Lockheed Martin Reduces Costs and Time Testing F-35 Joint Strike Fighter with LabVIEW Real-Time

Dave Scheibenhoffer, G Systems

"Lockheed Aeronautics Company engineers now can configure their PXI-based system 10 times as fast as when using their previous VME equipment while doubling their channel count. Also, the Portable Digital Data Acquisition System (PDDAS) reduces test cycle time from 2 sec to 50 ms all for less than it would have cost to upgrade only a portion of the VME-based test system."

- Dave Scheibenhoffer, G Systems

The Challenge:

Replacing a proprietary VME-based DSP system owned by Lockheed Martin Aeronautics Co. with a system that acquires, analyzes, and stores dynamic pressure data from a next-generation jet fighter engine design.

The Solution:

Using industry-standard, off-the-shelf technologies including PXI, MXI, UDP, and RAID with NI LabVIEW Real-Time to create a tightly integrated data acquisition and control system that meets stringent technical demands.


Dave Scheibenhoffer - G Systems
Michael Fortenberry - G Systems


Dramatically Reducing Test Cycle Time

At NI Partner G Systems Inc., we upgraded VME-based equipment with a more robust, compact, and reliable data acquisition and real-time control system in less than four months. Lockheed Martin engineers now can configure their PXI-based system 10 times faster than their previous VME equipment while doubling their channel count. Also, the Portable Digital Data Acquisition System (PDDAS) reduces test cycle time from 2 sec to 50 ms all for less than it would have cost to upgrade only a portion of the VME-based test system.


Improvements to jet engine designs require precise characterization of engine operating parameters. To accomplish this, design engineers examine the jet engine inlet air pressure profile to observe the air flow pattern distortions across the engine turbine inlet. To acquire this data requires an accurately scaled model of the aircraft and a transonic wind tunnel to simulate actual operating conditions.


Engineers at Lockheed Martin use scale models of equipment in the testing of the F-35 Joint Strike Fighter. Because their previous VME-based test system proved too difficult to configure and upgrade, engineers at Lockheed Martin commissioned the new PDDAS system that we developed to control and acquire data fro their wind tunnel tests.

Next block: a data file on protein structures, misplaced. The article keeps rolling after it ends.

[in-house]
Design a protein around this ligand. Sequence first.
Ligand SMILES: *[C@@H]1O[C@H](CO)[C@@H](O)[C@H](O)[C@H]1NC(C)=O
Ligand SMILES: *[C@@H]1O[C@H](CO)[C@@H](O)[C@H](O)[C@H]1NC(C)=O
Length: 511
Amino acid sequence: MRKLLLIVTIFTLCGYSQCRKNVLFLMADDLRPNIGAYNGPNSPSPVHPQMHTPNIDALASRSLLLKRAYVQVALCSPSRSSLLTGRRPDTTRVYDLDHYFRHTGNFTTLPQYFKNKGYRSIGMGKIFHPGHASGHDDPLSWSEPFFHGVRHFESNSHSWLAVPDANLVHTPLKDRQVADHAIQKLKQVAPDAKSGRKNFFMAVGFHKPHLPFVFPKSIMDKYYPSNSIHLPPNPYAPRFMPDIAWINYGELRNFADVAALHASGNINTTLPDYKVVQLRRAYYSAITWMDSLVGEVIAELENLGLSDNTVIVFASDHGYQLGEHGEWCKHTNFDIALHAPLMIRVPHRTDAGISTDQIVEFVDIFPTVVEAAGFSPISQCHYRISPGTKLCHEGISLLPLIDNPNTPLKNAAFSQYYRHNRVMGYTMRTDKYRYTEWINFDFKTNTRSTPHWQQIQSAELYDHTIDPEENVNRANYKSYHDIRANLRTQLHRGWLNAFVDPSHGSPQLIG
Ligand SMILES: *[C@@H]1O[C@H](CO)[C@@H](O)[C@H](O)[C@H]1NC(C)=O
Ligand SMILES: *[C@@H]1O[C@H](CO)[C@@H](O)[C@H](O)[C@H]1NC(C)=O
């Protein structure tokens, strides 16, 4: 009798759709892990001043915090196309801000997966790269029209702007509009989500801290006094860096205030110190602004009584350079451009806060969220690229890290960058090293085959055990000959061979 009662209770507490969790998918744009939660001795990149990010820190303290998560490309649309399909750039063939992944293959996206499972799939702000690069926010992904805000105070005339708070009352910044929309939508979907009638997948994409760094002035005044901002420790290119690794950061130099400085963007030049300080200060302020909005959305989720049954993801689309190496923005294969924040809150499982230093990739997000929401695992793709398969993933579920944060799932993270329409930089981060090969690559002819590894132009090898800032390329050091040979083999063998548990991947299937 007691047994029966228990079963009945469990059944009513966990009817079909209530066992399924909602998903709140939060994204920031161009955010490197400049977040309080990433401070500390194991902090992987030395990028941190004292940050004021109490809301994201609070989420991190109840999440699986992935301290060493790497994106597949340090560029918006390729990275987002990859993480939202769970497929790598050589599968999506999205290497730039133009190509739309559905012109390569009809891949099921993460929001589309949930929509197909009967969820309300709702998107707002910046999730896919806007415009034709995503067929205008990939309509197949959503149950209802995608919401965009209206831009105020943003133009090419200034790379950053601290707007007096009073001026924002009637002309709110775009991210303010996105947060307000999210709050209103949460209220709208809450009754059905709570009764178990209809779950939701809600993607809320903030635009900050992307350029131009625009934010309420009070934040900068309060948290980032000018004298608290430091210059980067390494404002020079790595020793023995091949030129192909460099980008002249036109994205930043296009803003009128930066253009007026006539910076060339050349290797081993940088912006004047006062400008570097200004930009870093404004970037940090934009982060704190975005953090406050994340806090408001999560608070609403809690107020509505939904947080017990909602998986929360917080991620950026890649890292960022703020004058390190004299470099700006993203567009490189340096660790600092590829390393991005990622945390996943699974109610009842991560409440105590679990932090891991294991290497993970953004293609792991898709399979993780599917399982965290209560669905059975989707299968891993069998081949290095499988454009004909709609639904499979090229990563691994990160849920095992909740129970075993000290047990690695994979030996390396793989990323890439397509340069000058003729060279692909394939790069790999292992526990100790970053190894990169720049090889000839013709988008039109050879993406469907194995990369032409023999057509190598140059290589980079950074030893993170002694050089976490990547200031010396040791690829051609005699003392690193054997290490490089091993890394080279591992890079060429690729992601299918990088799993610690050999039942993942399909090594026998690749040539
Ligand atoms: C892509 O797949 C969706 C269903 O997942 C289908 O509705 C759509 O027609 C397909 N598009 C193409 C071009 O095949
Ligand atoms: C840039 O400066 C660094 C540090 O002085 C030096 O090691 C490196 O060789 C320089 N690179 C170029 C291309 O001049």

The PDDAS includes 128 channels of simultaneously sampled dynamic pressure measurements based on two PXI chassis, equipped with a total of 16 NI PXI-4472 Dynamic Signal Acquisition modules. At first glance, two chassis may seem to unnecessarily complicate the system; however, by linking the two chassis using the NI MXI fiber-optic extension, no additional complexity was introduced. MXIbus basically performs as a PCI bridge to the second chassis. From a software point of view, the boards in the second PXI chassis appear as though they reside in the first chassis. Using PXI also provides high enough data transfer rates (132 Mbytes/sec) at a competitive price for future expansion.


Also included in the PDDAS is the NI SCXI-1520, which connects to a full-bridge Kulite pressure transducer for strain gauge signal conditioning. With LabVIEW Real-Time, we can achieve the deterministic response time needed to both acquire air pressure data and to provide control signals back to the wind tunnel to vary operating conditions.


Reflective Memory

With The PXI architecture, we can handle the large data sets acquired in the PDDAS system, and LabVIEW Real-Time handles what is known as the “buzz” calculation (approximately 450,000 floating point calculations per 50 ms), that looks for a resonance condition in the engine inlet. At certain operating parameters, the air to the inlets may be in phase. If allowed to reach full resonance, the resulting forces can damage the engine. To prevent this, the PDDAS system constantly monitors for approaching buzz conditions and provides feedback to the wind tunnel control system to change tunnel operating parameters as required.


With the large data volume and computationally intensive calculations, the embedded PXI-8176 Pentium controller does not have enough remaining bandwidth to store all the acquired data to disk for permanent storage. To resolve this challenge, we used a VMIC reflective memory card in the PXI chassis. NI provided a LabVIEW Real-Time driver to support the setup and configuration of the reflective memory board. With this solution, we can “reflect” the acquired data to a Pentium host workstation running Windows 2000. This workstation uses an off-the-shelf Fibre Channel board and driver to write the data to a Redundant Array of Independent Disks (RAID) as a secondary task. Reflective memory proves a simple, yet elegant solution to resolve a potential system bottleneck.


System Communication

Because the PDDAS system is used at a number of wind tunnels throughout the country, Lockheed Martin engineers need a ubiquitous mechanism to provide real-time feedback to the individual wind tunnel control systems. Therefore, we used User Datagram Protocol (UDP) for this application. Though UDP is not a deterministic protocol, it is a readily available interface at each wind tunnel facility. By carefully selecting the LabVIEW task priorities, the PDDAS can send UDP packets at a deterministic rate of 50 ms.


Author Information:

Dave Scheibenhoffer
G Systems
860 Avenue F, Suite 100
Plano, TX 75074
United States
Tel: 972-424-2286
Fax: 972-424-2286



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